Mike frowned. If Jacob didn't go to the Quarter, where had he been when he got on the bus? The route ran from the end of Canal near the river to the end of Canal where the cemeteries sat. There Canal Street dog-legged and became Canal Boulevard and shot straight to the lakefront.
"Are you working at the hotels? The casino?" Mike asked.
"Did you come over the river on the ferry?" Maybe he worked on the West Bank.
"No." Jacob smiled again, and Mike, lost in pale blue eyes, forgot about work and buses.
Jacob put his hand on Mike's thigh. The touch was so light it barely registered. If he hadn't seen Jacob's hand on his leg, he wouldn't have known it was there.
Mike covered Jacob's hand with his.
The bus continued down Canal and stopped at a red light at Jefferson Davis Parkway.
It was romantic in a weird, foreign film sort of way. Mike put his arm over the back of the seat, and Jacob snuggled under it. Their heads touched.
God, this felt so good. A sense of contentment came over Mike and his eyes drifted shut.
"I think that's my favorite house," Jacob said.
Mike opened his eyes and looked where Jacob pointed to a beautiful, red brick, two-story with wide steps leading up to a white-columned porch.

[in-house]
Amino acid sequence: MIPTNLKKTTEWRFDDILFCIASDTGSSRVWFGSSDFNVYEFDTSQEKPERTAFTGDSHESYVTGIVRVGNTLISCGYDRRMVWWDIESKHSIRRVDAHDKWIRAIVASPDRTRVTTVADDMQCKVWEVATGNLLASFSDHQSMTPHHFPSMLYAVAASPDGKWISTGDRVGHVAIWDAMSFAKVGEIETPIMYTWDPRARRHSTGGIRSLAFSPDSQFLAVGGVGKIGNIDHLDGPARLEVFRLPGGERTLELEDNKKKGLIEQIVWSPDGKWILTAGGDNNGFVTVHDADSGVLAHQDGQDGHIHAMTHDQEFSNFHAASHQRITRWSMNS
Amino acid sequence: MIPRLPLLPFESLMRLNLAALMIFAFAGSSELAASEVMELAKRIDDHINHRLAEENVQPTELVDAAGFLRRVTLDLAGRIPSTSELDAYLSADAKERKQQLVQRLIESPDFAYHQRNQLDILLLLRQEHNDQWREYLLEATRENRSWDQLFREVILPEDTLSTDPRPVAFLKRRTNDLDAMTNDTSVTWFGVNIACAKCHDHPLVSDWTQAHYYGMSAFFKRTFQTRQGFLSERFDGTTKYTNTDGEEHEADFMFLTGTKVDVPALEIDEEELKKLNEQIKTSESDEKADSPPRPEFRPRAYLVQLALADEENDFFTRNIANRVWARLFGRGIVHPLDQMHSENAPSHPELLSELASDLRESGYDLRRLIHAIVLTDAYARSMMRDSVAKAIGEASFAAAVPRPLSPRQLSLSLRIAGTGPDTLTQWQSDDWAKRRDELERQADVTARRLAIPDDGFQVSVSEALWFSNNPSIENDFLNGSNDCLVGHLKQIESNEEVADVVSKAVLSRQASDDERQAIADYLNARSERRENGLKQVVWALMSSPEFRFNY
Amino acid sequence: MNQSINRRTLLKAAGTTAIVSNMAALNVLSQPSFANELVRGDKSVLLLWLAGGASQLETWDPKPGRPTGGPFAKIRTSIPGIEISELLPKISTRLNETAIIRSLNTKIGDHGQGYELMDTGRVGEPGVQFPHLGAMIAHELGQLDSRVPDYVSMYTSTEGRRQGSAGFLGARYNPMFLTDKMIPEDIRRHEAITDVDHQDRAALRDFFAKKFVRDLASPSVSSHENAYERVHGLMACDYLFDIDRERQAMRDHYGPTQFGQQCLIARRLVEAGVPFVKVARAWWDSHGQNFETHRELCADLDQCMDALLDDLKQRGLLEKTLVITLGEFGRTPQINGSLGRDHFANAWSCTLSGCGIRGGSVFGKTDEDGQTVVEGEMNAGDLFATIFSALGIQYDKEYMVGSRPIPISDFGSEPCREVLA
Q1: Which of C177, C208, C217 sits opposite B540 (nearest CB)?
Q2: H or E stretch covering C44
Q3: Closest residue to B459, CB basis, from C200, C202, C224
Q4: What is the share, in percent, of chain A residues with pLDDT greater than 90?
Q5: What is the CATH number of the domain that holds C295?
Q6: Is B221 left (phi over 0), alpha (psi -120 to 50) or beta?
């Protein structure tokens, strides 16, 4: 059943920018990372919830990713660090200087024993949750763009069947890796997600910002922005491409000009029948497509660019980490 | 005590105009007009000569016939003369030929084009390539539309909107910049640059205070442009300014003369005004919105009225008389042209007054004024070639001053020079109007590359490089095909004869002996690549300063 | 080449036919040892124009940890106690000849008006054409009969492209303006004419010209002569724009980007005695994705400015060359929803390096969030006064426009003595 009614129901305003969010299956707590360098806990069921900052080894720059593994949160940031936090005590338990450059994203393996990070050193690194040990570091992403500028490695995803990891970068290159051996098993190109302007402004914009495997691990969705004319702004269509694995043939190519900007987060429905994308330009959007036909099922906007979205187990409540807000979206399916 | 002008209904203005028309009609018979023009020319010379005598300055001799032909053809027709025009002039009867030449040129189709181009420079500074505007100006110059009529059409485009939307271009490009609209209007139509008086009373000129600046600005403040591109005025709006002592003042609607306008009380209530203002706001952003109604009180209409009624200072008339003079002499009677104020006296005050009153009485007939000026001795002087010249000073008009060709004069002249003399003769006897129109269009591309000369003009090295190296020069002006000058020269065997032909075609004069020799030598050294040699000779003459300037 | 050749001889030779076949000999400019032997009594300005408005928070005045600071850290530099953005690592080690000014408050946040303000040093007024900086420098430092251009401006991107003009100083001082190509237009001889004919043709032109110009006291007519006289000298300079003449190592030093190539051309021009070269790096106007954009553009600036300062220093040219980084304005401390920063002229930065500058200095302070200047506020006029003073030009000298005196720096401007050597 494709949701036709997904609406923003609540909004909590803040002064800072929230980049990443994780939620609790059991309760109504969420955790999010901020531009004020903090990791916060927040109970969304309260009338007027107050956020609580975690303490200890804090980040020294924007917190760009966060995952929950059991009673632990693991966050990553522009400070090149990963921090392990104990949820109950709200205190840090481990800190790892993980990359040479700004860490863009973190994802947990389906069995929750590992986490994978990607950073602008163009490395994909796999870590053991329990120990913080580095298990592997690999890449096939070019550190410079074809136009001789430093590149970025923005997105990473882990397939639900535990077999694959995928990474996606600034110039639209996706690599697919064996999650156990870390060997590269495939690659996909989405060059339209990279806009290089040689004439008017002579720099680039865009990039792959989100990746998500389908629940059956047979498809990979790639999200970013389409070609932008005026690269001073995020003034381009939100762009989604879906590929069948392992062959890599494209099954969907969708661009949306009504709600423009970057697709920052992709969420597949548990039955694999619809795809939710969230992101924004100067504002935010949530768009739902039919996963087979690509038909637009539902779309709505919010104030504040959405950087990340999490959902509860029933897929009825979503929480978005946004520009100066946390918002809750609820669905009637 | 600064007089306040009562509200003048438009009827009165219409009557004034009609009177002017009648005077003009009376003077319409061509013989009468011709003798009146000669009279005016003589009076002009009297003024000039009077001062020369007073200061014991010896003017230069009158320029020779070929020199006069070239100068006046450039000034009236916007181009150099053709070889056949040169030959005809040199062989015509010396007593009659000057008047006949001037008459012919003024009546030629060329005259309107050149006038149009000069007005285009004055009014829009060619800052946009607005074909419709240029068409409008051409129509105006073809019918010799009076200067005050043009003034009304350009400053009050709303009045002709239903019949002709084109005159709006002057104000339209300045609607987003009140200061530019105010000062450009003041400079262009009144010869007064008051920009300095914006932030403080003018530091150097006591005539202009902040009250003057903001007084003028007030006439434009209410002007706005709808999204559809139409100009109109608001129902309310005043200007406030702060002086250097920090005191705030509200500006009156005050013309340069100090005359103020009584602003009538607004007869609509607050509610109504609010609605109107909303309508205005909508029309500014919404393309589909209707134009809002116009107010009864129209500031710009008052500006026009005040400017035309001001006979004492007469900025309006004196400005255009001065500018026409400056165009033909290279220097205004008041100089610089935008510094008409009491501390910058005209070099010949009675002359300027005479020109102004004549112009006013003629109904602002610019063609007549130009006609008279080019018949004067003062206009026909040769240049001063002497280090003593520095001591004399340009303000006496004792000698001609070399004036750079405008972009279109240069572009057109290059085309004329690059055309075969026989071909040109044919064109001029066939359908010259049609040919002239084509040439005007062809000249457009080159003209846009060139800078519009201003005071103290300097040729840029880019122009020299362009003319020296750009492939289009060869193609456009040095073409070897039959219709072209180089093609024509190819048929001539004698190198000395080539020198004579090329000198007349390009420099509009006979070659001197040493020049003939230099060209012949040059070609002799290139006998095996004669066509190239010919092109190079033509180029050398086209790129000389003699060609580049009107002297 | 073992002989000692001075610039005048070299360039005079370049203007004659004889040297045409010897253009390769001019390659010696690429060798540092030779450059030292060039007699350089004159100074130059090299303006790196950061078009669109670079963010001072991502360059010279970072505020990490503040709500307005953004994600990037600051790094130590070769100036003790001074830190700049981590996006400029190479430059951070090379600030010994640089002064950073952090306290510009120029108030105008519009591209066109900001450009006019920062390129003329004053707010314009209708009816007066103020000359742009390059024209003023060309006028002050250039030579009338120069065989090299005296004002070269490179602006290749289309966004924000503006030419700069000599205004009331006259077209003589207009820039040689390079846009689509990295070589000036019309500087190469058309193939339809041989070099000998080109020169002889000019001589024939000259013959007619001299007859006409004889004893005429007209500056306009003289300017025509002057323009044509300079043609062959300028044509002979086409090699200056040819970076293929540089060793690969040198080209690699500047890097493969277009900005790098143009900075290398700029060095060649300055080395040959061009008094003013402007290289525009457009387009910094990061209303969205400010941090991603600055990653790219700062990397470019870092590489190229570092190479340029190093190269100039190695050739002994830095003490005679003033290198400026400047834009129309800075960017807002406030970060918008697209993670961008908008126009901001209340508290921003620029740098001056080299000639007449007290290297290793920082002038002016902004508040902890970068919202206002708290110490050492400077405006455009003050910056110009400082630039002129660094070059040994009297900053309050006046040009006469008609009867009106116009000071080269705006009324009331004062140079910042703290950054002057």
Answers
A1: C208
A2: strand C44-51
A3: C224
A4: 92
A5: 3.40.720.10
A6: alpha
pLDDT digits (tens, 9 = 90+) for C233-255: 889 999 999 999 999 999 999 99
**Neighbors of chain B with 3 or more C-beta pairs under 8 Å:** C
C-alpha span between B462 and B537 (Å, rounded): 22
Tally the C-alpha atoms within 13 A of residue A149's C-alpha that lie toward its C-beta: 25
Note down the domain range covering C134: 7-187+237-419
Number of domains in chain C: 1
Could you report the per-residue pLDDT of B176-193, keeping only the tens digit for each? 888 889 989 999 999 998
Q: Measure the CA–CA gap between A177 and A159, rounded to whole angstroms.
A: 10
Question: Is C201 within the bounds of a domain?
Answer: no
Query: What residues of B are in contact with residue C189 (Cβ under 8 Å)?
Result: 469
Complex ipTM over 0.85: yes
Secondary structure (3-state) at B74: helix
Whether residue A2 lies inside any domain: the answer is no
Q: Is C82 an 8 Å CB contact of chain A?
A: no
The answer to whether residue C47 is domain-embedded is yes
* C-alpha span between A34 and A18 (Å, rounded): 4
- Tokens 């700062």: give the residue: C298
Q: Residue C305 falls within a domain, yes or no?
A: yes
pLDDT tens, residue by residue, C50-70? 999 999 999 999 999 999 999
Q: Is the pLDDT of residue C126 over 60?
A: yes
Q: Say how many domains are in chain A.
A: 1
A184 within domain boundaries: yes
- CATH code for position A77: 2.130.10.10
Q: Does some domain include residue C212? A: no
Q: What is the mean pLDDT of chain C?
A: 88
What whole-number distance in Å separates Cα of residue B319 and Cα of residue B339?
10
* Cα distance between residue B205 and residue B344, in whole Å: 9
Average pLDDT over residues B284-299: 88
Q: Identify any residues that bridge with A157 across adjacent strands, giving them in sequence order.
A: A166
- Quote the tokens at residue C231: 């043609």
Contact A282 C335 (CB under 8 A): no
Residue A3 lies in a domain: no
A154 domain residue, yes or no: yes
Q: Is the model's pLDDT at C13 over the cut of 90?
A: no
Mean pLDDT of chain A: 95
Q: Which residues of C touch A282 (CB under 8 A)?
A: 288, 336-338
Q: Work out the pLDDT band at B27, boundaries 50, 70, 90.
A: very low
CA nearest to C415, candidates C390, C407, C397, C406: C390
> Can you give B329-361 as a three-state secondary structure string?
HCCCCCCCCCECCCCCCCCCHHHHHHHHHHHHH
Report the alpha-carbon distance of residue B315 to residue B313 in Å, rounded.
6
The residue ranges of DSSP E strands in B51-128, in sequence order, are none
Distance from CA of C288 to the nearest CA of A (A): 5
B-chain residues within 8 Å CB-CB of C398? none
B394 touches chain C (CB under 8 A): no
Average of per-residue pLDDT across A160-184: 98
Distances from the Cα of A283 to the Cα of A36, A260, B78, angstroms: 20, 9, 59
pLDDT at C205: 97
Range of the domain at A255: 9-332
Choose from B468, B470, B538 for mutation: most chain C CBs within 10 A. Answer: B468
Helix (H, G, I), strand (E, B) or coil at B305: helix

"It's pretty, for sure." Mike nodded. "My house is a raised shotgun double. Nothing special. What about yours?"
"Nothing special, really." Jacob shrugged.
The bus passed the house, and they fell silent again. It wasn't far now until the ride ended and they went their separate ways. Mike and Jacob both seemed content just to sit side by side, rocking with the sway of the bus. At last, the bus pulled up to the last stop, and Mr. Roberts called out, "Last stop. Cemeteries!"
Mike stood and stepped to the rear door. Jacob followed. They met on the sidewalk next to the wall of the cemetery and faced each other.
"I gotta go. My bus is waiting." Mike smiled at Jacob.
Jacob smiled back, then touched Mike's face with his fingers, as if proving to himself Mike was real. "See you tomorrow."
Mike said, "Later, gator!" and dashed across the street to his connection. When he looked back, Jacob was gone.